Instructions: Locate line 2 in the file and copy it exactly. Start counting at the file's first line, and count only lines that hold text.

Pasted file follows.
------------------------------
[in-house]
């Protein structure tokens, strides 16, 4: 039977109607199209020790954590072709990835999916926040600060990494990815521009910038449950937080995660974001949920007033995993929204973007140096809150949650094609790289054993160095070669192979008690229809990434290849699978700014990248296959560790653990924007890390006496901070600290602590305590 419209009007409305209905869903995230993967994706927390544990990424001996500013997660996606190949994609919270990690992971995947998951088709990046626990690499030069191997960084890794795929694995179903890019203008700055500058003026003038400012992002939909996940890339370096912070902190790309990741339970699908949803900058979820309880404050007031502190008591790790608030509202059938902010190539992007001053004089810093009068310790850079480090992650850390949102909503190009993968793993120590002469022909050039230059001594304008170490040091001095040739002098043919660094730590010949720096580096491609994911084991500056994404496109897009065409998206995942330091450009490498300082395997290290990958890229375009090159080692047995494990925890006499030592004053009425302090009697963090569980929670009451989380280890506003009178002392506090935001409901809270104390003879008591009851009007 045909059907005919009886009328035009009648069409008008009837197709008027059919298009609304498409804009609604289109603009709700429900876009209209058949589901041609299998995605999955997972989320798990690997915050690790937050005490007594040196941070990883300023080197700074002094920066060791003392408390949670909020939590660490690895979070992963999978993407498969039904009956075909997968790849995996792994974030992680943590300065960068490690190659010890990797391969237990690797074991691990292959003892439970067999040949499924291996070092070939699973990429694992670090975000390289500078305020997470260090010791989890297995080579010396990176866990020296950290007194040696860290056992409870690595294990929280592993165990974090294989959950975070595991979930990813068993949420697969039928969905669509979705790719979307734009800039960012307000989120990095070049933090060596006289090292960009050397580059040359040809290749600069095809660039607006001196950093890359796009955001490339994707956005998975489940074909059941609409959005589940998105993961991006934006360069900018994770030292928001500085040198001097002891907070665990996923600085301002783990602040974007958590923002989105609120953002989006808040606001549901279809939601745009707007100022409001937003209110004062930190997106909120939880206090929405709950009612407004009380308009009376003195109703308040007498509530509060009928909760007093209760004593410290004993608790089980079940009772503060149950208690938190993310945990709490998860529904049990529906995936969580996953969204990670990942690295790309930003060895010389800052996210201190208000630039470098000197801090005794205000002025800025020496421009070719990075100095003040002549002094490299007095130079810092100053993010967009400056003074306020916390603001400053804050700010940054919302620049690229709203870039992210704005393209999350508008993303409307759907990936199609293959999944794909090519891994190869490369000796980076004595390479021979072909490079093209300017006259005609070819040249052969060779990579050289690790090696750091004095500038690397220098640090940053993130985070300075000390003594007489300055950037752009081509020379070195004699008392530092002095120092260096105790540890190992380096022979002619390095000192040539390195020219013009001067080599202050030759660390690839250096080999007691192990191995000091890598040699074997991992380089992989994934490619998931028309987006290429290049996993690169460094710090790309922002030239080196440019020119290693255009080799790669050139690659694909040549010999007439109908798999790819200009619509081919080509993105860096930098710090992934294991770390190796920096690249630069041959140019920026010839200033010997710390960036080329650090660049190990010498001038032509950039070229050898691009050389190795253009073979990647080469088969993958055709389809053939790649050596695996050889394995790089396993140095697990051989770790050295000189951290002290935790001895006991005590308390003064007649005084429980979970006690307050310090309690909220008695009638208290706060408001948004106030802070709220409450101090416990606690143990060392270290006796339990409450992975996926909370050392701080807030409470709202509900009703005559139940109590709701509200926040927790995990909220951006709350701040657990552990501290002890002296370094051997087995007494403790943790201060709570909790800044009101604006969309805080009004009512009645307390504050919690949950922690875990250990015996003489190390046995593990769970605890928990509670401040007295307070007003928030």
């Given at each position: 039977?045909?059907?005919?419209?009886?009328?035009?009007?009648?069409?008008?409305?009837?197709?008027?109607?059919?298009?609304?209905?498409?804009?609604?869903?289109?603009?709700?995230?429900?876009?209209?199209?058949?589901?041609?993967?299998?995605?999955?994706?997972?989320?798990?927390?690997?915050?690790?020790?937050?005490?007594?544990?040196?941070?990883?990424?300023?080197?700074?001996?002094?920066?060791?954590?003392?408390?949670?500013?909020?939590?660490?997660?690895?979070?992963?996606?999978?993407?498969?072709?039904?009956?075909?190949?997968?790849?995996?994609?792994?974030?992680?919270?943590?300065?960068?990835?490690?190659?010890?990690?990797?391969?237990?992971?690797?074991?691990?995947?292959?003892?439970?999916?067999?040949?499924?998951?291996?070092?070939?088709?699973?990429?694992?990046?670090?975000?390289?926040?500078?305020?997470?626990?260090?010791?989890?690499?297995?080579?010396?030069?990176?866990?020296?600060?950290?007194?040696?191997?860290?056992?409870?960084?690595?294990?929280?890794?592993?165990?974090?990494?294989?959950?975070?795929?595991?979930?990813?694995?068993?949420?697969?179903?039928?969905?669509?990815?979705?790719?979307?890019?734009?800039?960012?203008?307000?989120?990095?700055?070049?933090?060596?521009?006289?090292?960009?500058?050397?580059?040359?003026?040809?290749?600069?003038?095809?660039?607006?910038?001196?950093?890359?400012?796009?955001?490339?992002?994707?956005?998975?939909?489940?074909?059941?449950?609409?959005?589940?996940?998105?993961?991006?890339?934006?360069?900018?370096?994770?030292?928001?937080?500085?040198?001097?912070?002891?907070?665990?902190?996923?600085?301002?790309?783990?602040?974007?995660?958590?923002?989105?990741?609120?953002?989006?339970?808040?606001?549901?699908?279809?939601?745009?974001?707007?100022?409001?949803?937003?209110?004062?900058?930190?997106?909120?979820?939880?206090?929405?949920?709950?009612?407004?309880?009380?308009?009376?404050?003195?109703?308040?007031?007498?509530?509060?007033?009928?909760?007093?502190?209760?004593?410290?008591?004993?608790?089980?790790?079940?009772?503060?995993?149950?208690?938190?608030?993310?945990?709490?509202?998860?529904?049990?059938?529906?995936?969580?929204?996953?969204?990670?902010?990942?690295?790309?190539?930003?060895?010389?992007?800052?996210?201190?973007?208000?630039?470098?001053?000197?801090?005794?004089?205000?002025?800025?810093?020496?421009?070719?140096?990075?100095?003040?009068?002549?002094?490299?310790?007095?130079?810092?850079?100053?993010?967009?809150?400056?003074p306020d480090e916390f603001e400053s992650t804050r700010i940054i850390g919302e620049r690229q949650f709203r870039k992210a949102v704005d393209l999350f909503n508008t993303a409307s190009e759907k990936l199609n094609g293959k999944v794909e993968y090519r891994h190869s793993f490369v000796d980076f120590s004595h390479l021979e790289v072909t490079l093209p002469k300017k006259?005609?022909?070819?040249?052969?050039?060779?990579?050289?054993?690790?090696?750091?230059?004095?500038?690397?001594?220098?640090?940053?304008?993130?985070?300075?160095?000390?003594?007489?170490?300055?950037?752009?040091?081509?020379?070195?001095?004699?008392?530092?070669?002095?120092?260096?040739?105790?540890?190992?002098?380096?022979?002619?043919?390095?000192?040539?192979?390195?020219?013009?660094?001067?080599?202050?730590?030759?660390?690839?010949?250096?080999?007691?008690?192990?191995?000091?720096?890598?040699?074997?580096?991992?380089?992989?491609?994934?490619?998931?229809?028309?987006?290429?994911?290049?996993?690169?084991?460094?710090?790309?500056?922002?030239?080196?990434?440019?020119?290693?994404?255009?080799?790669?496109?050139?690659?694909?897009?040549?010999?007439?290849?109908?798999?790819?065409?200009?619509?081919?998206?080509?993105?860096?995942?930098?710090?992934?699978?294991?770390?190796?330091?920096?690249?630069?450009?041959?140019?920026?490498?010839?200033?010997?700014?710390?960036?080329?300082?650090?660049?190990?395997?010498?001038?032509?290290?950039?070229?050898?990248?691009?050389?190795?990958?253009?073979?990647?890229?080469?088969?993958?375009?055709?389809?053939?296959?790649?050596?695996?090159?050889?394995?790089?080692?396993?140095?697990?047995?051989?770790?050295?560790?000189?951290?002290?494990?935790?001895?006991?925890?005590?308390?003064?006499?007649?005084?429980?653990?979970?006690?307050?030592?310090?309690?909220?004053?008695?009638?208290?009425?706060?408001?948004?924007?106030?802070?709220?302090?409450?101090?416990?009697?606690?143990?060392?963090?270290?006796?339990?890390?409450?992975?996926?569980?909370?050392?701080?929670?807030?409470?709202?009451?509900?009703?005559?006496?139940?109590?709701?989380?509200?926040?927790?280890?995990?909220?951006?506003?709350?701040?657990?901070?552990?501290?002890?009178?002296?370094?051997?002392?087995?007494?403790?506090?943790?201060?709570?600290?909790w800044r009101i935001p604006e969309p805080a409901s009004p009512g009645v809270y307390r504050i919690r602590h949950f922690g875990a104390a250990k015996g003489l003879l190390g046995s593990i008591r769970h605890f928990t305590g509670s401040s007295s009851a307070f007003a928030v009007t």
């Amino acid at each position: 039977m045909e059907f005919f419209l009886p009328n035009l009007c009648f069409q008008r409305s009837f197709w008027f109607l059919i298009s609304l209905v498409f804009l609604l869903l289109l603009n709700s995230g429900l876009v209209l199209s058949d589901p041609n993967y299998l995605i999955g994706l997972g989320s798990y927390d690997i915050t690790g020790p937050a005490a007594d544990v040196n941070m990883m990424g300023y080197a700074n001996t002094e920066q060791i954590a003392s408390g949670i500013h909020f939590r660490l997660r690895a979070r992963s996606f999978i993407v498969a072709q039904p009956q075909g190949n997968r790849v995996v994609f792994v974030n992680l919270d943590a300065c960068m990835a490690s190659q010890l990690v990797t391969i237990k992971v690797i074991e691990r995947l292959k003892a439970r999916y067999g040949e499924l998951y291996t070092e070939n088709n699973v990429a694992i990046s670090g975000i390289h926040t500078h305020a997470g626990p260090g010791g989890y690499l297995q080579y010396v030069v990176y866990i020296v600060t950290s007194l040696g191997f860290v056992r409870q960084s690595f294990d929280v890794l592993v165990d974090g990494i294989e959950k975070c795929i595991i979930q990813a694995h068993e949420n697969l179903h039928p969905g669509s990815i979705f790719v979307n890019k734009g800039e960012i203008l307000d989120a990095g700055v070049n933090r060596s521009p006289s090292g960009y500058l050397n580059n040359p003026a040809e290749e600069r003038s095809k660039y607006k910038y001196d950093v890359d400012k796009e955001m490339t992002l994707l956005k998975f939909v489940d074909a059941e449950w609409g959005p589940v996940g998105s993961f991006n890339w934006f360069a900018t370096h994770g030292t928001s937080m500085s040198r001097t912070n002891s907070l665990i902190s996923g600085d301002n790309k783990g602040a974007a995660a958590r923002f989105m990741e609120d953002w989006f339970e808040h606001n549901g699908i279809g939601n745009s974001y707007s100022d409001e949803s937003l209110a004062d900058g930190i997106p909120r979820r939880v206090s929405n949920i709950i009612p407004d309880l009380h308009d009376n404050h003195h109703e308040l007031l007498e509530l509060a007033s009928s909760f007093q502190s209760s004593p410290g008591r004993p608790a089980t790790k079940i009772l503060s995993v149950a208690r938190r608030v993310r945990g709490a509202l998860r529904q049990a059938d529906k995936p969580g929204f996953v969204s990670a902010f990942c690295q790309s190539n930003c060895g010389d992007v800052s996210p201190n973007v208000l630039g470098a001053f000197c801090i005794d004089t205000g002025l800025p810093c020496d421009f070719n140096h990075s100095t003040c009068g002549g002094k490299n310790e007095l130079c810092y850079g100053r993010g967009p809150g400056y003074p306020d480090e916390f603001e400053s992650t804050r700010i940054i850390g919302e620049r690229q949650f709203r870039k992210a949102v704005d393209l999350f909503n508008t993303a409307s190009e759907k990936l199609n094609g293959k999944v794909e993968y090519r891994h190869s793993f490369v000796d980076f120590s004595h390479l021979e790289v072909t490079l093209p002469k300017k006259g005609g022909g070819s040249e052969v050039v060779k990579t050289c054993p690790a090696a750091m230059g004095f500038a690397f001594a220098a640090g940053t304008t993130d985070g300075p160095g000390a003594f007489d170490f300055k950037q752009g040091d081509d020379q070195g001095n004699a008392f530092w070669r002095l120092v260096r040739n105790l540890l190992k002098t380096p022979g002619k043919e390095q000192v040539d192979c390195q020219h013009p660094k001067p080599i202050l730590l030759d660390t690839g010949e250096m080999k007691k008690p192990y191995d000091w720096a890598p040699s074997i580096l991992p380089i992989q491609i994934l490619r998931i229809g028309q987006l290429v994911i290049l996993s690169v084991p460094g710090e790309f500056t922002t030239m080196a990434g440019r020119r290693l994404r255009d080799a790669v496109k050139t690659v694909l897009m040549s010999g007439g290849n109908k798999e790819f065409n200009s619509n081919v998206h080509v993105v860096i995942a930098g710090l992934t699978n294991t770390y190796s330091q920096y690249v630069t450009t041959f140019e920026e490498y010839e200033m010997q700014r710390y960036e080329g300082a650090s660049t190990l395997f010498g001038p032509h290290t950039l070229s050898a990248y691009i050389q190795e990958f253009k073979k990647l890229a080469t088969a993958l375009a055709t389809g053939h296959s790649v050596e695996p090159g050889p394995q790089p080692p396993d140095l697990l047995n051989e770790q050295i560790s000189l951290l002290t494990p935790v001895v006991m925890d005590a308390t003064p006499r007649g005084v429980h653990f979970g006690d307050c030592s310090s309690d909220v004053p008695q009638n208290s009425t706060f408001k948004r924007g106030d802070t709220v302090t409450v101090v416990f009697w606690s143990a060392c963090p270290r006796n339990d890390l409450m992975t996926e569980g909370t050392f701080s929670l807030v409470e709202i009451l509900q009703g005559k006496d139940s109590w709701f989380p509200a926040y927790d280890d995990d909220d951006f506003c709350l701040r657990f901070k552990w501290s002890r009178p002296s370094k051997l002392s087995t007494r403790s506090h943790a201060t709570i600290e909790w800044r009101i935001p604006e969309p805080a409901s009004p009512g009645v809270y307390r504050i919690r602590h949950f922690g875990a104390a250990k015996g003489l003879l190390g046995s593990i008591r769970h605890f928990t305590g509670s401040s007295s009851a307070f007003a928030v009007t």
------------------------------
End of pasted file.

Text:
């Protein structure tokens, strides 16, 4: 039977109607199209020790954590072709990835999916926040600060990494990815521009910038449950937080995660974001949920007033995993929204973007140096809150949650094609790289054993160095070669192979008690229809990434290849699978700014990248296959560790653990924007890390006496901070600290602590305590 419209009007409305209905869903995230993967994706927390544990990424001996500013997660996606190949994609919270990690992971995947998951088709990046626990690499030069191997960084890794795929694995179903890019203008700055500058003026003038400012992002939909996940890339370096912070902190790309990741339970699908949803900058979820309880404050007031502190008591790790608030509202059938902010190539992007001053004089810093009068310790850079480090992650850390949102909503190009993968793993120590002469022909050039230059001594304008170490040091001095040739002098043919660094730590010949720096580096491609994911084991500056994404496109897009065409998206995942330091450009490498300082395997290290990958890229375009090159080692047995494990925890006499030592004053009425302090009697963090569980929670009451989380280890506003009178002392506090935001409901809270104390003879008591009851009007 045909059907005919009886009328035009009648069409008008009837197709008027059919298009609304498409804009609604289109603009709700429900876009209209058949589901041609299998995605999955997972989320798990690997915050690790937050005490007594040196941070990883300023080197700074002094920066060791003392408390949670909020939590660490690895979070992963999978993407498969039904009956075909997968790849995996792994974030992680943590300065960068490690190659010890990797391969237990690797074991691990292959003892439970067999040949499924291996070092070939699973990429694992670090975000390289500078305020997470260090010791989890297995080579010396990176866990020296950290007194040696860290056992409870690595294990929280592993165990974090294989959950975070595991979930990813068993949420697969039928969905669509979705790719979307734009800039960012307000989120990095070049933090060596006289090292960009050397580059040359040809290749600069095809660039607006001196950093890359796009955001490339994707956005998975489940074909059941609409959005589940998105993961991006934006360069900018994770030292928001500085040198001097002891907070665990996923600085301002783990602040974007958590923002989105609120953002989006808040606001549901279809939601745009707007100022409001937003209110004062930190997106909120939880206090929405709950009612407004009380308009009376003195109703308040007498509530509060009928909760007093209760004593410290004993608790089980079940009772503060149950208690938190993310945990709490998860529904049990529906995936969580996953969204990670990942690295790309930003060895010389800052996210201190208000630039470098000197801090005794205000002025800025020496421009070719990075100095003040002549002094490299007095130079810092100053993010967009400056003074306020916390603001400053804050700010940054919302620049690229709203870039992210704005393209999350508008993303409307759907990936199609293959999944794909090519891994190869490369000796980076004595390479021979072909490079093209300017006259005609070819040249052969060779990579050289690790090696750091004095500038690397220098640090940053993130985070300075000390003594007489300055950037752009081509020379070195004699008392530092002095120092260096105790540890190992380096022979002619390095000192040539390195020219013009001067080599202050030759660390690839250096080999007691192990191995000091890598040699074997991992380089992989994934490619998931028309987006290429290049996993690169460094710090790309922002030239080196440019020119290693255009080799790669050139690659694909040549010999007439109908798999790819200009619509081919080509993105860096930098710090992934294991770390190796920096690249630069041959140019920026010839200033010997710390960036080329650090660049190990010498001038032509950039070229050898691009050389190795253009073979990647080469088969993958055709389809053939790649050596695996050889394995790089396993140095697990051989770790050295000189951290002290935790001895006991005590308390003064007649005084429980979970006690307050310090309690909220008695009638208290706060408001948004106030802070709220409450101090416990606690143990060392270290006796339990409450992975996926909370050392701080807030409470709202509900009703005559139940109590709701509200926040927790995990909220951006709350701040657990552990501290002890002296370094051997087995007494403790943790201060709570909790800044009101604006969309805080009004009512009645307390504050919690949950922690875990250990015996003489190390046995593990769970605890928990509670401040007295307070007003928030």